According to the ABS, the most significant price rises this quarter were rents (up 2.1%), secondary education costs (up 6.1%), tertiary education costs (up 6.5%) and medical and hospital services (up 2.3%).


    Over the past year, the ABS says rental prices have risen 7.8%, the strongest rise since March 2009.


    “Rental price growth continues to reflect low vacancy rates and a tight rental market”, the ABS says.


    Separate figures from REA Group’s PropTrack calculate that advertised rents increased by 9.1% or by $50 per week in the year to the end of March.


    While that’s extraordinarily rental growth, PropTrack says the pace is moderating, as it’s the first time in two years that rental price growth is below 10%.




    Interest rates


    Immediately after the inflation numbers were released, the Australian dollar went up half a cent, a jump seen as market traders factored in higher official interest rates in Australia for longer.


    “What's quite concerning is that services inflation has actually accelerated on a quarterly basis, and non-tradables (things like water, electricity & gas) inflation is still running too high as well,” says ANZ senior economist Catherine Birch.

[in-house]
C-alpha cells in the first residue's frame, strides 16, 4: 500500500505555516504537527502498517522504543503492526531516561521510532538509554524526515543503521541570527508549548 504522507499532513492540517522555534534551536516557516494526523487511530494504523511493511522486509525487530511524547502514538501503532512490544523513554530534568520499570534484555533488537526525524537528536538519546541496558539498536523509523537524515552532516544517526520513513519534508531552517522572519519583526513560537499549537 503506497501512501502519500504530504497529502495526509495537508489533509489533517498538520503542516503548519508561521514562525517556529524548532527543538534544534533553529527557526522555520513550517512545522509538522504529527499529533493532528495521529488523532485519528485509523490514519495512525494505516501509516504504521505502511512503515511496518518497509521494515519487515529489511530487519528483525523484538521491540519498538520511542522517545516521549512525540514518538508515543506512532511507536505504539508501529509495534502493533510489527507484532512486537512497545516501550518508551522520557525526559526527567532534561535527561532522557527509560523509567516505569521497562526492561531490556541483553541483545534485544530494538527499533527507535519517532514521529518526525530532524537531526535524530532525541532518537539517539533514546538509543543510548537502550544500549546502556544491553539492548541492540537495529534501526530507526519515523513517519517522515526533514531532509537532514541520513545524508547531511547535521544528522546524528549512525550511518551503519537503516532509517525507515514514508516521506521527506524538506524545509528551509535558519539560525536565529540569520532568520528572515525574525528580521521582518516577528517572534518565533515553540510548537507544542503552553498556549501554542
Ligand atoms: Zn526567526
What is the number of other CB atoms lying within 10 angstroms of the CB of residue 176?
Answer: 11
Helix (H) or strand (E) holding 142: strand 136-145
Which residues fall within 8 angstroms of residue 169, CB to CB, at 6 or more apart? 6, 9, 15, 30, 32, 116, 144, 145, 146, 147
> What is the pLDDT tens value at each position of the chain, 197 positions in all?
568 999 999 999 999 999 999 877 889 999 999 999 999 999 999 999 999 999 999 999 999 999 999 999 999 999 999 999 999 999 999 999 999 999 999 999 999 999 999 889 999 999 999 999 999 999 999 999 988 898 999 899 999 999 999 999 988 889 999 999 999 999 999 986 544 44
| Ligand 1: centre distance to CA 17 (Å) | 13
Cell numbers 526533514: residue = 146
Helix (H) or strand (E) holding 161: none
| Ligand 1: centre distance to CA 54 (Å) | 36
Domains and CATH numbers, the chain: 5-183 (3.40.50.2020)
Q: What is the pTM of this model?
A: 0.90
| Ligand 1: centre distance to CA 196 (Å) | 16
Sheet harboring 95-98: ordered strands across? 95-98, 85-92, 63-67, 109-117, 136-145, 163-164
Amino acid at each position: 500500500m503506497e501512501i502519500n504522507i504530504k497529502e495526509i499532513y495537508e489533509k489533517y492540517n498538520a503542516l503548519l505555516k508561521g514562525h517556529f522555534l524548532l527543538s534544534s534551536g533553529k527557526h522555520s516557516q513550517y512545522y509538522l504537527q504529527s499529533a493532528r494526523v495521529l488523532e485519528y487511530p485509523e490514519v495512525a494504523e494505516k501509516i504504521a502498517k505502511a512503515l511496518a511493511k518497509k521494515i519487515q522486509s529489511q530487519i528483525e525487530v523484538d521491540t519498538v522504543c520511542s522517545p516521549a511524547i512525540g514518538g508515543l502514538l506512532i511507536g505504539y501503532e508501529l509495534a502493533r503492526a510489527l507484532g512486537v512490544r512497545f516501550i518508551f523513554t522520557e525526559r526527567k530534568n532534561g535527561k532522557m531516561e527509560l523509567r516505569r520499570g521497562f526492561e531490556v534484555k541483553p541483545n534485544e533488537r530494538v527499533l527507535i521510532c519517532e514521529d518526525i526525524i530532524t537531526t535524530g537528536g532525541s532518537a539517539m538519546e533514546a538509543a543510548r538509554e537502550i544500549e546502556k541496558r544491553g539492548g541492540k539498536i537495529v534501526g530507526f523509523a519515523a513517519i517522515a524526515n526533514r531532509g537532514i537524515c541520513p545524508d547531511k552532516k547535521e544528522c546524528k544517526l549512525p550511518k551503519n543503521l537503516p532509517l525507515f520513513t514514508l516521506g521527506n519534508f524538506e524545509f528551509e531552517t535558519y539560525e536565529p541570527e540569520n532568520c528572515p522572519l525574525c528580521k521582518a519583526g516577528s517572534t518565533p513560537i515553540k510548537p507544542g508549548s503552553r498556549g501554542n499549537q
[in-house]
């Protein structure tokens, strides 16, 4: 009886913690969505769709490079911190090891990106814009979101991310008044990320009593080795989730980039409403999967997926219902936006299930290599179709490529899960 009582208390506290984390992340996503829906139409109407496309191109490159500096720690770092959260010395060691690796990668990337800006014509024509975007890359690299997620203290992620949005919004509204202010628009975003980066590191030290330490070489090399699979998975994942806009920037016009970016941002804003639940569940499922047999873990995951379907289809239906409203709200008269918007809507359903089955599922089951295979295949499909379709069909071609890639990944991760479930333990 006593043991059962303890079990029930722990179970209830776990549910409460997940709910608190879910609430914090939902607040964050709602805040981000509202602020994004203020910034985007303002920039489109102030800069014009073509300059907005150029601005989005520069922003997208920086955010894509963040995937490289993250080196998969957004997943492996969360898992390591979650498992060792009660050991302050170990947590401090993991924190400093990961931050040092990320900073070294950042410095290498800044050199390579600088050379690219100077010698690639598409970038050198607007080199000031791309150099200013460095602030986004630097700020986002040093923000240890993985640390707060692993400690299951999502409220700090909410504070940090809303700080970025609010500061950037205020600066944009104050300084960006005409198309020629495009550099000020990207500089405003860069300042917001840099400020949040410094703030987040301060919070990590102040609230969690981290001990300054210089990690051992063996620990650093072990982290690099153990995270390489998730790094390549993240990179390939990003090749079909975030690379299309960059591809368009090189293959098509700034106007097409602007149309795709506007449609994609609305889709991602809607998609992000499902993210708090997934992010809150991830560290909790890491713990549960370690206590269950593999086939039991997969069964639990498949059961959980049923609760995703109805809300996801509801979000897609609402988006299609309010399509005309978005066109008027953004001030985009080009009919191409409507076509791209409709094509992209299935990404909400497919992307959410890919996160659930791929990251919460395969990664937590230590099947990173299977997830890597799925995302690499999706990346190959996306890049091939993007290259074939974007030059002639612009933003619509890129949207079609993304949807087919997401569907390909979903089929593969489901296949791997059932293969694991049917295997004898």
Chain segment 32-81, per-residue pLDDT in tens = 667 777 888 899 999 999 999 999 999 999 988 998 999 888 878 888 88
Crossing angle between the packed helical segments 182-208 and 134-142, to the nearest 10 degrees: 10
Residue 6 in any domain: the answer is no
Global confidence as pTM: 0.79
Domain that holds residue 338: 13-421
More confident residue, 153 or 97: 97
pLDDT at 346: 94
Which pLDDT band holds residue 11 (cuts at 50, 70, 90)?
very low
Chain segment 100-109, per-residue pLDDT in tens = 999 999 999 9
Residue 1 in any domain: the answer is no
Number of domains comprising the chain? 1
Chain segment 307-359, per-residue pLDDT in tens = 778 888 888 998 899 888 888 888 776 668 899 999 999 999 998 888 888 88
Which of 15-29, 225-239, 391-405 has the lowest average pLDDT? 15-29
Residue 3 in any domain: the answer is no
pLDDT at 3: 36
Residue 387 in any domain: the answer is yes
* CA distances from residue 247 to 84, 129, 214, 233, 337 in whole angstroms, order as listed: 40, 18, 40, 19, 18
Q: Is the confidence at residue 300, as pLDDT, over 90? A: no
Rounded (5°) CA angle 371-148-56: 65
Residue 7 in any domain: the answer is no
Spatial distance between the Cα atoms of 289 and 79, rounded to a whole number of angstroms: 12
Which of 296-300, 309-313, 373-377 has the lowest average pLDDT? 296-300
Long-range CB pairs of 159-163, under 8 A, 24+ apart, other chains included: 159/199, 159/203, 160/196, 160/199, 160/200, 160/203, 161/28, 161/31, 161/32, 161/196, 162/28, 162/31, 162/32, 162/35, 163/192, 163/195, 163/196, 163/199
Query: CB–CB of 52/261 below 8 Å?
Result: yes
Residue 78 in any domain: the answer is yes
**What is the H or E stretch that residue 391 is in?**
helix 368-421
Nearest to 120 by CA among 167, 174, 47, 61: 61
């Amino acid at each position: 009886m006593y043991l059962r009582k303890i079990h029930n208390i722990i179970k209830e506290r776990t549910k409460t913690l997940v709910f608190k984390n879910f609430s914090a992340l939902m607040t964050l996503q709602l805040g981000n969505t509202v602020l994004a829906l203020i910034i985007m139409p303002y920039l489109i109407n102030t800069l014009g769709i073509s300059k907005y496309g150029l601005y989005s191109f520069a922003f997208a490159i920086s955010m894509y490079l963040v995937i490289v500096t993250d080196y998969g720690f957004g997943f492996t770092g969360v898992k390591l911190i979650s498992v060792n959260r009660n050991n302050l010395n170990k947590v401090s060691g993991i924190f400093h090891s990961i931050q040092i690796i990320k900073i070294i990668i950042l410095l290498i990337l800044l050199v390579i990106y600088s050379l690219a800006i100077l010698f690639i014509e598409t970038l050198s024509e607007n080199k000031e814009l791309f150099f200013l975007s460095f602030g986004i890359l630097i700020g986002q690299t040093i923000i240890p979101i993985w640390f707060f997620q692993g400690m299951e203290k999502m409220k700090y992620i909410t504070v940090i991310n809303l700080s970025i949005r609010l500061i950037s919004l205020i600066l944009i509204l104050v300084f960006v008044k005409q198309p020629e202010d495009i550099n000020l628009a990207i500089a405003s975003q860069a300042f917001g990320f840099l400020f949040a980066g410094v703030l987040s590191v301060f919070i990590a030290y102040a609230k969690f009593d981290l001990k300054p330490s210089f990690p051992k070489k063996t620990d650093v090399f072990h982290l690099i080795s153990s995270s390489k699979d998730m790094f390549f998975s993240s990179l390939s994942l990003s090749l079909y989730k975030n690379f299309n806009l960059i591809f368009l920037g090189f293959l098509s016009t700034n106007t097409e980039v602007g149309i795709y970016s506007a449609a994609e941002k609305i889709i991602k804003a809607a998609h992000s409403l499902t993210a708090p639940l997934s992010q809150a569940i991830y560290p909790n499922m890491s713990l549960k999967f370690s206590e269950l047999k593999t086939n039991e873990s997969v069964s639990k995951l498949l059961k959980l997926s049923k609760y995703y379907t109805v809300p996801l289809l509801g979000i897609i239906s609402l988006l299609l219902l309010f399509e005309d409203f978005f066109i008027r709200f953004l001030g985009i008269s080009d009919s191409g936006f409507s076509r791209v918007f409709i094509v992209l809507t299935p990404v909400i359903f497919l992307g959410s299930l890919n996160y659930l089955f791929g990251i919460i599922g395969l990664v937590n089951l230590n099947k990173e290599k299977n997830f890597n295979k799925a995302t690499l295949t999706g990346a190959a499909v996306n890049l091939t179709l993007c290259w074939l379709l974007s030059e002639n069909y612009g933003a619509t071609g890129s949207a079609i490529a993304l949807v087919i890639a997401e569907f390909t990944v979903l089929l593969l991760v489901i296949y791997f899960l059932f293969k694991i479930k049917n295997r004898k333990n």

“They will certainly be in focus for the RBA.”


    “They're reflecting things like…that tightness in the labour market, stronger wages, but also that tightness in the housing market.”


    ANZ had been predicting that the Reserve Bank of Australia wouldn’t be in a position to start cutting the official cash rate—which currently stands at a 12-year high of 4.35%—until November this year at the earliest.


    Ms Birch says the bank will now review its forecast.


    “I think the data today, given that it was a bit stronger than the RBA had pencilled in, particularly on that non-tradables and services side, probably means that the risks have tilted a bit towards a later start to rate cuts,” she says.


    However, she thinks the prospect of the RBA raising rates again this cycle is very small.


    “You can't write off the possibility of the next move being a hike rather than a cut, but we think it is a pretty low possibility at this stage,” she told ABC News.